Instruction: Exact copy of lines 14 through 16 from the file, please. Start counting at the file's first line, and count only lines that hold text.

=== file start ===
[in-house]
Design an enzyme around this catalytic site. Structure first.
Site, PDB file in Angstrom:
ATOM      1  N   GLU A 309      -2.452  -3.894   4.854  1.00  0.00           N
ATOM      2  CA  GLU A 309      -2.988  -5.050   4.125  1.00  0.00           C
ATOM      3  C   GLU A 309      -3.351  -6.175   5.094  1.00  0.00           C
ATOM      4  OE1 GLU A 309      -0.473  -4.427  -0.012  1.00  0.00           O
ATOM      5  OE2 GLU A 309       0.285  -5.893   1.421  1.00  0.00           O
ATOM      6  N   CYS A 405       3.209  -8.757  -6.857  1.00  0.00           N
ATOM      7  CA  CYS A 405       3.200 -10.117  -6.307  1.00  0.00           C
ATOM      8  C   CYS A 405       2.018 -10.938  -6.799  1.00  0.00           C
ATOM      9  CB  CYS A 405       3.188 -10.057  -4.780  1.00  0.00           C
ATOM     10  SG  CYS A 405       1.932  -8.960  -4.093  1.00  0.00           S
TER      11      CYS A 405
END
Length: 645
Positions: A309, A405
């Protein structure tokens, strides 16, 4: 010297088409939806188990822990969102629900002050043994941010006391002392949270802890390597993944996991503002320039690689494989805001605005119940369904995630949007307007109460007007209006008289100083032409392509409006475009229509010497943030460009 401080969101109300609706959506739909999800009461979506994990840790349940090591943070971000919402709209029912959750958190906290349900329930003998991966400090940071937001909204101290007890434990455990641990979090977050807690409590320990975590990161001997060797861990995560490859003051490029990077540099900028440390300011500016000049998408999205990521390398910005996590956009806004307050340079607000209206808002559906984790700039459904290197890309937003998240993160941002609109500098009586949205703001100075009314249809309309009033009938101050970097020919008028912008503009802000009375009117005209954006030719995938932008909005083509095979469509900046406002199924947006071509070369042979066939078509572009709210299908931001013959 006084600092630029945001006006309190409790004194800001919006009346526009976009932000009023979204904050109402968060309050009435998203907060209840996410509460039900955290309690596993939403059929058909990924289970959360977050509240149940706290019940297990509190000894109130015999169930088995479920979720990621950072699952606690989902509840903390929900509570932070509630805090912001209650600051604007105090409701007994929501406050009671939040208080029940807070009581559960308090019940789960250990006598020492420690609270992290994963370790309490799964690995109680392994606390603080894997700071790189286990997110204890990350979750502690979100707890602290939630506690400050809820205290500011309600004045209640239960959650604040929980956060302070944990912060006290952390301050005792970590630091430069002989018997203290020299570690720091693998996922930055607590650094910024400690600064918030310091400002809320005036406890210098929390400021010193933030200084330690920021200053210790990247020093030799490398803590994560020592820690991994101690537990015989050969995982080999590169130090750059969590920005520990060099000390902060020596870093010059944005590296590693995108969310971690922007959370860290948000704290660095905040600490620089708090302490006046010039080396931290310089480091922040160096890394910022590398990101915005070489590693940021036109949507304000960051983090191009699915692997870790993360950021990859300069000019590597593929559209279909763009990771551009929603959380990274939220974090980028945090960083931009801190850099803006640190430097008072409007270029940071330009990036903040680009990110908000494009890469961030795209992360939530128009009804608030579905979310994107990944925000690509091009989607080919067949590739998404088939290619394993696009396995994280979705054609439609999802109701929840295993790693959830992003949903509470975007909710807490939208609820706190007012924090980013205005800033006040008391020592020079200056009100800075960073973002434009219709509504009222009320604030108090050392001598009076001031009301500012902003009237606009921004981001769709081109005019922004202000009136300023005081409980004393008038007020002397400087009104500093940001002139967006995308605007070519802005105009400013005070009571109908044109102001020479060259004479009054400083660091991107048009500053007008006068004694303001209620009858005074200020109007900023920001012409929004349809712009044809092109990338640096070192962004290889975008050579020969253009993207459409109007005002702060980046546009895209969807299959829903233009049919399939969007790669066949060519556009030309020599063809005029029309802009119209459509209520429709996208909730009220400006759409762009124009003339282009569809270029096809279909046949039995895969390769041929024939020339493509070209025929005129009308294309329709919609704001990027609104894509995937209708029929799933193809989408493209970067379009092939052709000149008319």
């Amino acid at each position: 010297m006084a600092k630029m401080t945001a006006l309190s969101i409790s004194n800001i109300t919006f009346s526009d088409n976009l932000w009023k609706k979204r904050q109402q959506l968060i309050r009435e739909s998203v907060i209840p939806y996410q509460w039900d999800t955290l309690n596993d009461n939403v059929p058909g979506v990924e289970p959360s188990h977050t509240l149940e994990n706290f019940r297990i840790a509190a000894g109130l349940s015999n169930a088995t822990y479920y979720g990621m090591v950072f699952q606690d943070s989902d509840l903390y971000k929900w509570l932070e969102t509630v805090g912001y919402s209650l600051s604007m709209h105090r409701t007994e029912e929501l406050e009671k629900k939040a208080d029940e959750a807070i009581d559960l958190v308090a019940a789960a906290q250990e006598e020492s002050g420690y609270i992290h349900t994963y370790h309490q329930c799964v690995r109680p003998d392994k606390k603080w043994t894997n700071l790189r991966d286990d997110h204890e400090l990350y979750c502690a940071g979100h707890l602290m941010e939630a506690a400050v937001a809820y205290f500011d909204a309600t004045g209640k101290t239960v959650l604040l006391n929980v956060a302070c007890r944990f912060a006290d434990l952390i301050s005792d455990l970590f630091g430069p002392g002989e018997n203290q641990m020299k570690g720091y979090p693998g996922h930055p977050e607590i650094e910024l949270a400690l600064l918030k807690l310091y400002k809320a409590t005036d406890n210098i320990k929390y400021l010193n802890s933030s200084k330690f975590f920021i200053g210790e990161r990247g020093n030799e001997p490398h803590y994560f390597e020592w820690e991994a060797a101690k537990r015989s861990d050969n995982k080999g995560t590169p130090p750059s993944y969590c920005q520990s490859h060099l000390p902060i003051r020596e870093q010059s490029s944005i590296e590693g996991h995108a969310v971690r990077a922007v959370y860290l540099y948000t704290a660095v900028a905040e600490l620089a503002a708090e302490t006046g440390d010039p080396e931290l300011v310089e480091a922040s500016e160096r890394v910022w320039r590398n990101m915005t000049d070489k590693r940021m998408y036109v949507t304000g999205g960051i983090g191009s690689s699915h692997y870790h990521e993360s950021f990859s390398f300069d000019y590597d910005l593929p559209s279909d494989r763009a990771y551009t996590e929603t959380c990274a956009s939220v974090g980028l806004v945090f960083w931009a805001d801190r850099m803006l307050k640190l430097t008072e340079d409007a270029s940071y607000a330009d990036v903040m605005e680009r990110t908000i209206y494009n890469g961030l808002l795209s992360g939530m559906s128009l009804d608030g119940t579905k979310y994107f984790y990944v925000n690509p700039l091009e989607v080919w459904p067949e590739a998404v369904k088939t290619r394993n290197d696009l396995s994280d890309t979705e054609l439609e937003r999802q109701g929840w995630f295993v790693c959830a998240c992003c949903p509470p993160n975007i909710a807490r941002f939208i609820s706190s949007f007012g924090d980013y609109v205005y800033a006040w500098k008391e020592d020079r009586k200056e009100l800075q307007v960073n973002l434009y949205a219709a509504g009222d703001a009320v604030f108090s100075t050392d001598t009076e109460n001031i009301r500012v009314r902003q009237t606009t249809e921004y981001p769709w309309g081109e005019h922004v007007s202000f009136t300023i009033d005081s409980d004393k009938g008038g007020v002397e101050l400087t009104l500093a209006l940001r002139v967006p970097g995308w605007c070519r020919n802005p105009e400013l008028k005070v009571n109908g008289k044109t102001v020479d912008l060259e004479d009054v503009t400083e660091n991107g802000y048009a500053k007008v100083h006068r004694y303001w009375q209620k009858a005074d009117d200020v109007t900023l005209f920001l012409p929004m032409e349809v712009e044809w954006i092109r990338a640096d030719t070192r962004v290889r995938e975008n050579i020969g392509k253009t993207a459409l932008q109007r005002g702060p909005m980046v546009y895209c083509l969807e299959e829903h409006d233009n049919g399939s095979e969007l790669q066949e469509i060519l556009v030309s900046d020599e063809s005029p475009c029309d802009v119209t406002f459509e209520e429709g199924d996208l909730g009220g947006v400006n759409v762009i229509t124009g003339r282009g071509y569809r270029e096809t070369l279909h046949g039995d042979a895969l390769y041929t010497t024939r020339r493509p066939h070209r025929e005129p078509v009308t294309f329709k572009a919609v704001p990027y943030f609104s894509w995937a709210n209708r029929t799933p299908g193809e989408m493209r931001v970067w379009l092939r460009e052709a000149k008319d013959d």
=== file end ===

TER      11      CYS A 405
END
Length: 645